(CNN) -- As you step closer to the artwork, it's as if you're venturing into a crimson-hued dreamscape, a psychedelic realm immersed in feverish landscapes and eerie sounds.
Yet, this is no dream.
Using a special and discontinued technology, which registers an invisible spectrum of infrared light, Irish artist and photographer Richard Mosse has captured beautiful and challenging imagery of people and landscapes in eastern Democratic Republic of Congo.
Designed by the U.S. military in the 1940s for camouflage detection, the Kodak Aerochrome film renders the landscape in an unexpected light, turning shades of lush green into dramatic pinks and glowing reds.
The result is both spectacular and shocking: Rolling hills appear dotted with candy-coated trees; river valleys are covered with pink savannah grasses; gun-holding soldiers, clad in purple uniforms, stroll under darkened skies.
Set against the horrors of eastern DRC's humanitarian disaster, where more than five million people have died due to war-related causes since 1998, Mosse's surreal palette presents an alternative view of the region's complex situation.
It's this juxtaposition of alluring panoramas and defiant militia, of haunting beauty and unsettling violence, that forces viewers to pause and think.
"The idea was to use this medium to see into the unseen, to reveal the hidden and make visible the invisible of this forgotten conflict," says Mosse, 33. "That works really on a very simple level through the color palette," he adds. "The pink is so surprising and shocking and unnatural that really makes people stop."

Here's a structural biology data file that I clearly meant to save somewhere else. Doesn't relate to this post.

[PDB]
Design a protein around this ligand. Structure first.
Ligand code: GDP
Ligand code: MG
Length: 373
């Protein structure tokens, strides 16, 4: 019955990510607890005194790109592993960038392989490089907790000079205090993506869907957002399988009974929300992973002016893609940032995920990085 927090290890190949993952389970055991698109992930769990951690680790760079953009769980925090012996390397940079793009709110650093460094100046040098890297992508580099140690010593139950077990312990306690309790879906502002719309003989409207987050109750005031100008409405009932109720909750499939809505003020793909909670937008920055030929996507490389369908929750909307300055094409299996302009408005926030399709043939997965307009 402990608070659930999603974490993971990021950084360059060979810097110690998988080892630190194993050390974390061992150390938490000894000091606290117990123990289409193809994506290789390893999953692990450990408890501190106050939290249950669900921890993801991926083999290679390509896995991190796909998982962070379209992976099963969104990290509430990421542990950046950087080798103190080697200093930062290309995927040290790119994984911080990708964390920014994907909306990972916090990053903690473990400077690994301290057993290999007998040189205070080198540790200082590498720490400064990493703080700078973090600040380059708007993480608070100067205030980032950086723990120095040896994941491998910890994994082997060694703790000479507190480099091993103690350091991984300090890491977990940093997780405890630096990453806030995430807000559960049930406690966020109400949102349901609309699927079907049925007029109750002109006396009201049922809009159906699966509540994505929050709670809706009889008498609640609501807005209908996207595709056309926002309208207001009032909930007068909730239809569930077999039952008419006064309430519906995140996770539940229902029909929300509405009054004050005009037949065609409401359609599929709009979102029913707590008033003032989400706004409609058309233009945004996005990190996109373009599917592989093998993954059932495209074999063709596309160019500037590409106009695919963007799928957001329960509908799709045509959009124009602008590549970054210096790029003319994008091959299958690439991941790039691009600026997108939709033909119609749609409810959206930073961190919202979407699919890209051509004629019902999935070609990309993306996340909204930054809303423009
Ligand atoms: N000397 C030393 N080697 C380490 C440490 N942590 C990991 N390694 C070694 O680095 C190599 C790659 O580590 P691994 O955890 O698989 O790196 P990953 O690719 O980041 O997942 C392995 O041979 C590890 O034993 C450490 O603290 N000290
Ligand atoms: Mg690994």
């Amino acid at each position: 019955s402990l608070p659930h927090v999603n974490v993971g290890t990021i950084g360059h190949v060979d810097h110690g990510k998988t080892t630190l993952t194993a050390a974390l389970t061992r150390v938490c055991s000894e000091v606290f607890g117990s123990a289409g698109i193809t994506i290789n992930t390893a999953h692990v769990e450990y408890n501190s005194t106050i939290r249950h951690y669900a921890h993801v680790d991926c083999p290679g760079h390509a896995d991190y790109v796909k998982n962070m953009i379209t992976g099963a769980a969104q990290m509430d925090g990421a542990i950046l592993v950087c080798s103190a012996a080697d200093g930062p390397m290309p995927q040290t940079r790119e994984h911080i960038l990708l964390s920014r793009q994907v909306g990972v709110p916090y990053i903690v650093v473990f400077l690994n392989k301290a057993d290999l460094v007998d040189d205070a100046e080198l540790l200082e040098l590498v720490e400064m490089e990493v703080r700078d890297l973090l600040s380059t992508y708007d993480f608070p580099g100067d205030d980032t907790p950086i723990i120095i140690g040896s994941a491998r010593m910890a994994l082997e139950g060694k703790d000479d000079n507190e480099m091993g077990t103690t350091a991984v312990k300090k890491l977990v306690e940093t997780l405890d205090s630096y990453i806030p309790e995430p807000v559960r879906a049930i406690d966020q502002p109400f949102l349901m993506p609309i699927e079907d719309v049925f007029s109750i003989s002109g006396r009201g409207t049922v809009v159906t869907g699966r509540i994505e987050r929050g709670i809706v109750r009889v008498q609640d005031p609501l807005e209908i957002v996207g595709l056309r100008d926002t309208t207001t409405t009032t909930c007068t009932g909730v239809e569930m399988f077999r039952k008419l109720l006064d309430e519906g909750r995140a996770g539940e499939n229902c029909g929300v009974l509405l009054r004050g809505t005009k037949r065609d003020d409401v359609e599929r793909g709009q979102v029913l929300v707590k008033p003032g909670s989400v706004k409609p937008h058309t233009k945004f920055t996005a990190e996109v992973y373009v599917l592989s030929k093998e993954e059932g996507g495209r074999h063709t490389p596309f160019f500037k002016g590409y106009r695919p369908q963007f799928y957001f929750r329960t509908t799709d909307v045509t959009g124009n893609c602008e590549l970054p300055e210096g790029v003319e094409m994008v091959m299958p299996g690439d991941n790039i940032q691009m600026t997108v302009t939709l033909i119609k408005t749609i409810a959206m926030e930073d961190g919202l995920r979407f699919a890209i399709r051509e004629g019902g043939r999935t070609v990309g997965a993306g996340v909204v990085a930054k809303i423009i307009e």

Mosse first used infrared film in his highly praised 2011 photographic series "Infra," also about eastern DRC. He now takes that project a step further with "The Enclave," a multimedia installation that opened last weekend at the Irish Pavilion of the Venice Biennale in Italy.
"The Enclave" is centred on a six-screen projection of a nearly 40-minute documentary, shot on 16mm infrared film.
Throughout large parts of last year, Mosse traveled across eastern DRC with cinematographer Trevor Tweeten and composer Ben Frost. Embedded with armed militia, they captured video, stills and audio to create a powerful installation about the region's rebel groups and their surrounding communities.
"There's no plot, there's no narrator, there's no dialogue -- it's very much a video art piece," says Mosse, who first travelled to eastern DRC in 2010.
"Throughout, the camera it's very much a documentary work," says Mosse. "It is unscripted; we just really go into the warzone and it comes to us. We can't really make things up; it's really what we had the luck to capture and what we turned our sights on."
Mosse says that at the heart of the project is an effort to bring "two counter-worlds into collision: art's potential to represent narratives so painful that they exist beyond language, and photography's capacity to document specific tragedies and communicate them to the world."
"The Enclave" is exhibited at Fondaco Marcello in Venice until November 24.